High schools may not be able to teach financial literacy to teenagers.

Children learn about personal finance well before they enter school. Their education can vary depending on where they live and what they are exposed to.


Media plays a major role in shaping our beliefs and attitudes, whether we like it or not. Personal finance is no exception.

Studies show that media exposure, particularly media geared towards materialism and consumerism (aka ads), can lead to a more materialistic outlook.

Ads have been around for a long time, but they are now seen more often than ever. However, a newer and more powerful form of media can also affect your financial decisions: social media.

Younger people are particularly affected by social media. A study on social media and spending showed that 90% of participants in millennials felt social media made them compare their lives to others, with 60% feeling inferior because of the comparisons. Unfortunately, 57% of participants reported that these feelings led them to spend money they didn’t intend on spending.

Social media exposes users to more ads that will make them lose their money and increase their fear of missing out.



People learn most of their personal financial skills at home by watching and modeling, just like other things in life.

This phenomenon is known as Social Learning Theory. It states that children learn from the behavior and habits of their closest friends and imitate them. Depending on how others react, that behavior can be reinforced or not.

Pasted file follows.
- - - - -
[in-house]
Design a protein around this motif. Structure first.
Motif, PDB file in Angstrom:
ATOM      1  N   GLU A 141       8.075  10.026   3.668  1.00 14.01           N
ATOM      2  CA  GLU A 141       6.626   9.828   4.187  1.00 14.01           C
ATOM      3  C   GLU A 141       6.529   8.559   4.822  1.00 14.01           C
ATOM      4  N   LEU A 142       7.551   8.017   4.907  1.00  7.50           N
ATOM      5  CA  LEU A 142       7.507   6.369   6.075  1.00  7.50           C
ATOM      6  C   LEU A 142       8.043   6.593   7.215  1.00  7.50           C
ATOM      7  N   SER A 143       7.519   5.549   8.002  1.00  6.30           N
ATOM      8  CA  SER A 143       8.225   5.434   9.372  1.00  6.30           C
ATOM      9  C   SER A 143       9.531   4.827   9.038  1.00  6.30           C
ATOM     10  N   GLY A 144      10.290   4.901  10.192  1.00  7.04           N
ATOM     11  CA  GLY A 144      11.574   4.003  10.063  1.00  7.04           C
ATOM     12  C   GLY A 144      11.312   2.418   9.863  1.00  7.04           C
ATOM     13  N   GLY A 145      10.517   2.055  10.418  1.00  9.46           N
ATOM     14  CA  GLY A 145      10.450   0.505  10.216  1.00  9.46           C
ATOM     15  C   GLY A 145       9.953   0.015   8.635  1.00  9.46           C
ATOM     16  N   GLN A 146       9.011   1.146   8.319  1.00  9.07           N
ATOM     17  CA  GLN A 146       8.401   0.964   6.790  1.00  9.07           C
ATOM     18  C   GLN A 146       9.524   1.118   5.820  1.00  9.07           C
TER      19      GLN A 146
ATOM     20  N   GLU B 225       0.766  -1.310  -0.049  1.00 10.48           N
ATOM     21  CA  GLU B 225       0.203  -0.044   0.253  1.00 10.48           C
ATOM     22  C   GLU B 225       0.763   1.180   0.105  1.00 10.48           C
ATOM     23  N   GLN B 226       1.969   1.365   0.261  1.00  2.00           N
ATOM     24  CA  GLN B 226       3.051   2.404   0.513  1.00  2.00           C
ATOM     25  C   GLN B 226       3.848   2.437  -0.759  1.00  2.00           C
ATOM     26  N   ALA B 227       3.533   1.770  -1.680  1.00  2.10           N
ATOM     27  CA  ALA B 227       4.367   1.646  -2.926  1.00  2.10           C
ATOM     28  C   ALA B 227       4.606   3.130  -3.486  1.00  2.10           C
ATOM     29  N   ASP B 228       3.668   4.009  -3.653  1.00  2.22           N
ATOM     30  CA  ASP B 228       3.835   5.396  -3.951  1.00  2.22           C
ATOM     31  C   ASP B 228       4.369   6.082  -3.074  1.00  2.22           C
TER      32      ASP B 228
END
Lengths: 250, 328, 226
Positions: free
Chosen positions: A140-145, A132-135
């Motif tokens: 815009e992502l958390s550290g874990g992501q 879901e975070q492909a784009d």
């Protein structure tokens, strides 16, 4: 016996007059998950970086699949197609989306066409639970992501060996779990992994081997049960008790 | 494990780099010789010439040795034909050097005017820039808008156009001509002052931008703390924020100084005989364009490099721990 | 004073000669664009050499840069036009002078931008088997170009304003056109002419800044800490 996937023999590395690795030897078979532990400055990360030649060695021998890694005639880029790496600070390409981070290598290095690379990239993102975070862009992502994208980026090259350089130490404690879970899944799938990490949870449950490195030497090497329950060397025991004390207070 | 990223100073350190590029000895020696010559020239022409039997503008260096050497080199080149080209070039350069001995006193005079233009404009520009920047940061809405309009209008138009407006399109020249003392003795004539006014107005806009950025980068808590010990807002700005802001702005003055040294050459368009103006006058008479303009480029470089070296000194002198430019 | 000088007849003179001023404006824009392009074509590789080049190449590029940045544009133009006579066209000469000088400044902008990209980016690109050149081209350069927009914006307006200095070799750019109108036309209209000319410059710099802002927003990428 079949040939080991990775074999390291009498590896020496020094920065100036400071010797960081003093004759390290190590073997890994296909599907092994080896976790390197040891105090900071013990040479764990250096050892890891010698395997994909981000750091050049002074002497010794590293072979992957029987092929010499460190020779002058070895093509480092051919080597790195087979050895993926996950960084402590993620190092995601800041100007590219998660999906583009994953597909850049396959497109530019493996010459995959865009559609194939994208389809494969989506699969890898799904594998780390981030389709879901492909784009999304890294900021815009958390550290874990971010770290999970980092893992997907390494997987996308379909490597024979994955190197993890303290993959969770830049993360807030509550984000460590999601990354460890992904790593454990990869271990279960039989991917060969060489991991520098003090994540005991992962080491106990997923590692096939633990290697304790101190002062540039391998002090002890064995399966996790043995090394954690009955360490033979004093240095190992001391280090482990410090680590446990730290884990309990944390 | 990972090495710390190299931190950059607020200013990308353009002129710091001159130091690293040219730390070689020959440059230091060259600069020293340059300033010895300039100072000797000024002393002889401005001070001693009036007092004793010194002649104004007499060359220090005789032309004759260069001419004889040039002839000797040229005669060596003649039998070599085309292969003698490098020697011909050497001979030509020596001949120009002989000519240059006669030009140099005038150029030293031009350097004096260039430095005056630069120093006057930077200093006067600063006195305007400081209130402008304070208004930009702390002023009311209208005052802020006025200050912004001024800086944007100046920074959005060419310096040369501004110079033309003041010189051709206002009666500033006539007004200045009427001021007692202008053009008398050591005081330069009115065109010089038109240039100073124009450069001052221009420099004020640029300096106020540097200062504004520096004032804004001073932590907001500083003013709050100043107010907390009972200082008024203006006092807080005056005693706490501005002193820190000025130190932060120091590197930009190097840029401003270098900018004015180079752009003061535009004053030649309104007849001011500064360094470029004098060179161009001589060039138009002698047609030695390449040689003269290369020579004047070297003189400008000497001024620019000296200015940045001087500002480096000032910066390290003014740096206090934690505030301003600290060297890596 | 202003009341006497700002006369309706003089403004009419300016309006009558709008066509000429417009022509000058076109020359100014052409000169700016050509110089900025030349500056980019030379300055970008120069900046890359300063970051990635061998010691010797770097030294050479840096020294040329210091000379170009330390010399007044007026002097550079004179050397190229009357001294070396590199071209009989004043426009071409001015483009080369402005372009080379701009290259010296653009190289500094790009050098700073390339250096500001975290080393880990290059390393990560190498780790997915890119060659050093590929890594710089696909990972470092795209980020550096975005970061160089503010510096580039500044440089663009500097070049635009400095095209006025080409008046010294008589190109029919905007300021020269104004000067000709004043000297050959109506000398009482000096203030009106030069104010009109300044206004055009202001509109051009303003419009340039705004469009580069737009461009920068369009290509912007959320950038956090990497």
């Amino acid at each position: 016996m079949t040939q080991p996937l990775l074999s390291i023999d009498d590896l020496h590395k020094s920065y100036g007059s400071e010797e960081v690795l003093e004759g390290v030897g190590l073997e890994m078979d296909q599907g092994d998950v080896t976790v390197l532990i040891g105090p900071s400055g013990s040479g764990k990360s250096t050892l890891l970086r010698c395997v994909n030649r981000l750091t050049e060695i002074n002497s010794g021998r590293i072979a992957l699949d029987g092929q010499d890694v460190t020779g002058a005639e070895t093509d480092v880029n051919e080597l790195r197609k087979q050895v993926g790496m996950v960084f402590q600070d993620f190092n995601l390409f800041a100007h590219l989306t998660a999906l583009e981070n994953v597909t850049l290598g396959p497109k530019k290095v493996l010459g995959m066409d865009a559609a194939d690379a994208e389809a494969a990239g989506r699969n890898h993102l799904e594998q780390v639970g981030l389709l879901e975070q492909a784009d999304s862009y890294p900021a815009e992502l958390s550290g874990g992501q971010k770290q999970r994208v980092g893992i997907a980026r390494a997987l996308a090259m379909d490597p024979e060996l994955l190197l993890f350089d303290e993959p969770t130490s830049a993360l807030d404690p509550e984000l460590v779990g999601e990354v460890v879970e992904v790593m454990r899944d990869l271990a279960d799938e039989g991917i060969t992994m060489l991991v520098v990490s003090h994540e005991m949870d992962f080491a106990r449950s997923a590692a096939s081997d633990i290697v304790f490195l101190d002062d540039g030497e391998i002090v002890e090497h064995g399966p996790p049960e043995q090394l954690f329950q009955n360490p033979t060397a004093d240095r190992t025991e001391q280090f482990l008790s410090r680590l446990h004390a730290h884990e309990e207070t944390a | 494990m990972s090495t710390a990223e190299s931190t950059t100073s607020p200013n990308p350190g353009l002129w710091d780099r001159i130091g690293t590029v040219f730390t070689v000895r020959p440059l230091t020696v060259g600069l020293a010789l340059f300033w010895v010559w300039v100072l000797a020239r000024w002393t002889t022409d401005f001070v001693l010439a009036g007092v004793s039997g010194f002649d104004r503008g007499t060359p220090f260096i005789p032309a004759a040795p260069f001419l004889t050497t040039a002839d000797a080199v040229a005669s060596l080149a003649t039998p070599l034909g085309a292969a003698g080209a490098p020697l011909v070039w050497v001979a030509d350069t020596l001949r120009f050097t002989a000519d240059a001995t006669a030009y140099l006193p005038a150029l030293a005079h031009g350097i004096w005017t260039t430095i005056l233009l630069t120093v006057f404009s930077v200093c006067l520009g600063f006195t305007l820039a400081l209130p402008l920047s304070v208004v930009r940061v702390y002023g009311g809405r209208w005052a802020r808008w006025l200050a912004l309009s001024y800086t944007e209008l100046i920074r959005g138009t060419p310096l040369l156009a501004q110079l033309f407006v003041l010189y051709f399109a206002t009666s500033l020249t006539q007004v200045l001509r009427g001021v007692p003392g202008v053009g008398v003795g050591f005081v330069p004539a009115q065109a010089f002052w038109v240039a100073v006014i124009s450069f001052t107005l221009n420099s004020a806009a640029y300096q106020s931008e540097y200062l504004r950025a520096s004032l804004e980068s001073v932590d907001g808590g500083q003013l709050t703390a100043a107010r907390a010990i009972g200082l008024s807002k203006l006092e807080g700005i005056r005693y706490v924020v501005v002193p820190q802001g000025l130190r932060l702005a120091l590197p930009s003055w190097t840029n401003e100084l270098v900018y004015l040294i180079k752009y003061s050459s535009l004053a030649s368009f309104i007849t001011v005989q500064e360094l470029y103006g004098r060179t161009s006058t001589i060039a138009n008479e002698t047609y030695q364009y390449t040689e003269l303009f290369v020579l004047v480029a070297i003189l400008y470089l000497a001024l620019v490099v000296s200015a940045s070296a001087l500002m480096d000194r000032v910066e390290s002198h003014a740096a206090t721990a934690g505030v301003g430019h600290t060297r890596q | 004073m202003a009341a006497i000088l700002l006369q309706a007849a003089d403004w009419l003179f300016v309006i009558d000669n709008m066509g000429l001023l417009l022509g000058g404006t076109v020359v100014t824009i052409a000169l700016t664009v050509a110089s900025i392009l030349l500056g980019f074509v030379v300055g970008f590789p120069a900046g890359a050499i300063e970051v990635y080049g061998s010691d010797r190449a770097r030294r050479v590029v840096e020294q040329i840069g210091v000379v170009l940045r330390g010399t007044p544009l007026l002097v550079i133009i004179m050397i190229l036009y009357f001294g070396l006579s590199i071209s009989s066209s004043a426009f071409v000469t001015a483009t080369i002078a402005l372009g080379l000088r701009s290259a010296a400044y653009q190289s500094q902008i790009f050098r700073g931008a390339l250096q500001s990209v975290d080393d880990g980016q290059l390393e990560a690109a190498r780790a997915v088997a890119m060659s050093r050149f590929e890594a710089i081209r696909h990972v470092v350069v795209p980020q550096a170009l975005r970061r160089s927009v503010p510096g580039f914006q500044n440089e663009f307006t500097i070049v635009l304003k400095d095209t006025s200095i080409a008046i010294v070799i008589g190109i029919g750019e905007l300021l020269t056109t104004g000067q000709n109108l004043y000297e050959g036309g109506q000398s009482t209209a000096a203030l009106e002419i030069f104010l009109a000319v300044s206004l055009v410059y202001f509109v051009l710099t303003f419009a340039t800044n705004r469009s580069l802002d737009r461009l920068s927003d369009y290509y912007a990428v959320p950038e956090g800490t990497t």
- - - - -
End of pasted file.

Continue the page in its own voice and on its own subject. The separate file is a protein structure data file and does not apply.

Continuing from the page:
In most cases, financial literacy for kids and later adults will closely relate to financial literacy for parents/guardians and other close family members.


The Best Way to Teach Financial Literacy

It’s not surprising that financial literacy continues to decline with media and family being the most influential and primary teachers. We can’t rely on the education system to pick up this slack without significant, systematic change.

The fact that money is often a taboo topic makes matters even more complicated. This is especially true if someone is having financial difficulties.

Many people don’t seek help even though they have the financial resources to do so.

These are the obstacles that financial literacy must overcome.

A widespread, systematic transformation of our country would be the ideal scenario.

Financial literacy would be taught in elementary schools and mandatory in middle and high school. To ensure consumers don’t get taken advantage of, it would be necessary to increase regulation and oversight of financial institutions.

The best way to teach financial literacy, however, is to simply lead by example and be open to discussing money with others.


Children learn from watching the behavior and habits of others, just as adults can.

It’s important to have good money habits if you have children. Children will follow your example, not what you tell them.